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TitleGround ice degradation and thermokarst terrain formation in Canada over the past 16,000 years
AuthorWolfe, S AORCID logo; O'Neill, H BORCID logo; Duchesne, CORCID logo; Froese, D; Young, J M; Kokelj, S V
SourceASM2021: ArcticNet Annual Scientific Meeting; 2021 p. 1
Alt SeriesNatural Resources Canada, Contribution Series 20210248
MeetingASM2021: ArcticNet Annual Scientific Meeting; December 6-10, 2021
File formatpdf
Subjectssurficial geology/geomorphology; environmental geology; Nature and Environment; Science and Technology; permafrost; ground ice; periglacial features; thermokarst; ice-wedge polygons; hummocks; peat; climate effects; models; landslides; slumps; subsidence; Climate change; cumulative effects; gullied terrain; lithalsas; palsas; Phanerozoic; Cenozoic; Quaternary
ProgramClimate Change Geoscience Permafrost
Released2021 12 01
AbstractThermokarst results from thawing of excess ground ice in permafrost. Thermokarst processes and landforms are controlled by ground ice type and distribution, and the patterns of ground ice loss over time. Recent acceleration of varied thermokarst processes across diverse Canadian permafrost terrains make for a challenging task in predicting landscape-scale thaw trajectories. Using existing ground ice models, we examined modelled amounts and spatial extent of ground ice loss relative to ground ice maxima in the last ca. 16 ka BP for relict, segregated and wedge ice. We relate observed thermokarst features with the nature of ground ice development and loss in different environments (cold continuous permafrost, discontinuous permafrost, and no current permafrost). In cold, continuous permafrost areas where ground ice loss has been limited over the last 16 ka BP, thermokarst processes include active layer detachments and slumps in segregated and relict ice, gullying and ponding in ice wedge troughs, and the cyclical development of shallow thermokarst ponds in segregated ice. With ground ice loss in discontinuous permafrost, thermokarst processes are wide-ranging. Slumps, subsidence, and collapse of lithalsas, palsas and peat plateaus occur from thawing of segregated ice, thermokarst ponds from melting wedge and segregated ice, and involuted terrain from melting of relict or segregated ice. In former permafrost terrain, evidence of thermokarst includes former ice wedge polygons, collapsed lithalsas, and irregular hummocky terrain. The relations between modelled ground ice loss and observed thermokarst landscapes assist in understanding present-day processes and in predicting future thermokarst landform evolution with a changing climate.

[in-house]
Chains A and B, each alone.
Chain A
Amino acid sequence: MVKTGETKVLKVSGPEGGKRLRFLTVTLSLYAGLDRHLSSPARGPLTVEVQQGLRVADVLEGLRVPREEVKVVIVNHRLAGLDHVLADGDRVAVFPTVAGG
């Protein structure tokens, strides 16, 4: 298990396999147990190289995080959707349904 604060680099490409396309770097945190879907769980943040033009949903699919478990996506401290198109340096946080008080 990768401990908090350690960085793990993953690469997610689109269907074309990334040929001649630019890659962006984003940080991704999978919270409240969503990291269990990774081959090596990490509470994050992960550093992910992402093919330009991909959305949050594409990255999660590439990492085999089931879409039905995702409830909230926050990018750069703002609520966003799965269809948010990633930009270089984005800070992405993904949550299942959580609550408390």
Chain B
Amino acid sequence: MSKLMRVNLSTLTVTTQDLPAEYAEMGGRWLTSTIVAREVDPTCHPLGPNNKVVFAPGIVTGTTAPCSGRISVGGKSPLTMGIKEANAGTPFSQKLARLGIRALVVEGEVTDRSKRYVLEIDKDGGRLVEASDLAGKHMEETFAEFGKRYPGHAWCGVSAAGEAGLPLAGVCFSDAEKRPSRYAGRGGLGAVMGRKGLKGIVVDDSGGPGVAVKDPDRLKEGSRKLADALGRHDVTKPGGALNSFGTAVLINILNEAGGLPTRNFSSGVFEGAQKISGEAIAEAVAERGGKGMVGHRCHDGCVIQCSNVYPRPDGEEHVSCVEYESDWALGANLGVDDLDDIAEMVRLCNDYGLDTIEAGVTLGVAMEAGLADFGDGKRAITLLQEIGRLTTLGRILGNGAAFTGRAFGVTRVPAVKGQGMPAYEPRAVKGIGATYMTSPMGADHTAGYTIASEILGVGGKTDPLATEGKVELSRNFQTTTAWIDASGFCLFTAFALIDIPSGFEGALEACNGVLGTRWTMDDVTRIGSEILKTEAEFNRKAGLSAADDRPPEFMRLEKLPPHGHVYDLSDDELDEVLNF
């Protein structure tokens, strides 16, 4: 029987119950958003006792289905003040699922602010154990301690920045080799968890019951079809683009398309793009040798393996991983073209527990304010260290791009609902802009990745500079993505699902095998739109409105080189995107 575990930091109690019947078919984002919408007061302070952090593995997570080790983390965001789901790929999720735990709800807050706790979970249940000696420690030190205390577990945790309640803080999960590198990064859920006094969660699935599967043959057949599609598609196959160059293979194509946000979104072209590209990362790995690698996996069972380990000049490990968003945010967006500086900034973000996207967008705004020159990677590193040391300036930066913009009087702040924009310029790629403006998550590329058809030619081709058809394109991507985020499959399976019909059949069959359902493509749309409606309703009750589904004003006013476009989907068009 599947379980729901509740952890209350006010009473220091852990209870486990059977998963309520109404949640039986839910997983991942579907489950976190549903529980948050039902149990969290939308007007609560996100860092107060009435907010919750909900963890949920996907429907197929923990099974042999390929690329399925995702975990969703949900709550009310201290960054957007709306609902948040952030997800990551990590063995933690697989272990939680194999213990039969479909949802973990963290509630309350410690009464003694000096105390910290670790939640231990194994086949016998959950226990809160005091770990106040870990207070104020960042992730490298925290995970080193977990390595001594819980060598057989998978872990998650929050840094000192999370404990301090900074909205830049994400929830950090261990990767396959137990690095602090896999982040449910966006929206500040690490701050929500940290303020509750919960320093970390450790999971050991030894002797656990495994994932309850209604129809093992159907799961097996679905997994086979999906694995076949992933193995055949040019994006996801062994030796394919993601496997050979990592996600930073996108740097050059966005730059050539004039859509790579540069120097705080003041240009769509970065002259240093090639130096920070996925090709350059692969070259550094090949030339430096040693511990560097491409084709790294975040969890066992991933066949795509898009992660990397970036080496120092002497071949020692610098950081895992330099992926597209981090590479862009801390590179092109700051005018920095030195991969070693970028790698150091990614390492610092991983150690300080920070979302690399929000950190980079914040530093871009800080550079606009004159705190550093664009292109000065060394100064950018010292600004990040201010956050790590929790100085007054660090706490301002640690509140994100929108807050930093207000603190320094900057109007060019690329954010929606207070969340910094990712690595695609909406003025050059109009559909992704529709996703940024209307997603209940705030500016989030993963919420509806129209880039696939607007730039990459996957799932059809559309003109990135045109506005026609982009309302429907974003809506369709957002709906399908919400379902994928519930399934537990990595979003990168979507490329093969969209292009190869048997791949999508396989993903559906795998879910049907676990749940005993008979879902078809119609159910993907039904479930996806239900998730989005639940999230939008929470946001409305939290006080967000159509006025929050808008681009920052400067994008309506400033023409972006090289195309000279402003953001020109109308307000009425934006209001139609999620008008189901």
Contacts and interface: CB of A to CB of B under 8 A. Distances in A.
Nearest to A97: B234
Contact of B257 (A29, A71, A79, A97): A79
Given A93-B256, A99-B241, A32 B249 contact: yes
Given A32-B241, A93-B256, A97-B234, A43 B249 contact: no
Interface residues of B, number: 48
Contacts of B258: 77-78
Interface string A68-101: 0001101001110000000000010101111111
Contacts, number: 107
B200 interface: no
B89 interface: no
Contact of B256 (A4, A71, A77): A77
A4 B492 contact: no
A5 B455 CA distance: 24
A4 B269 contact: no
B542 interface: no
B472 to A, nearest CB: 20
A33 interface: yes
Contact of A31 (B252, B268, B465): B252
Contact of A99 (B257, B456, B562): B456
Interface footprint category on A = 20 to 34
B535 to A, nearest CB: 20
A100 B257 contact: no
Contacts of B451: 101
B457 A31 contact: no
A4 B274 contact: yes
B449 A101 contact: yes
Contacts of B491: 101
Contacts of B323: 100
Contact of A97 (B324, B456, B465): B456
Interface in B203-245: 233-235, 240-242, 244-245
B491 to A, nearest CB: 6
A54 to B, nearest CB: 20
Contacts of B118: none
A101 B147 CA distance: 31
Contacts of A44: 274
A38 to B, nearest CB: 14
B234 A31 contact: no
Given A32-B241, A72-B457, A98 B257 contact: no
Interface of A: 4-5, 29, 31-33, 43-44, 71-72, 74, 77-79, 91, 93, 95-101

Summary(Plain Language Summary, not published)
We examine the relationship between the modelled ground ice loss in permafrost terrain to thermokarst processes and landforms in Canada.

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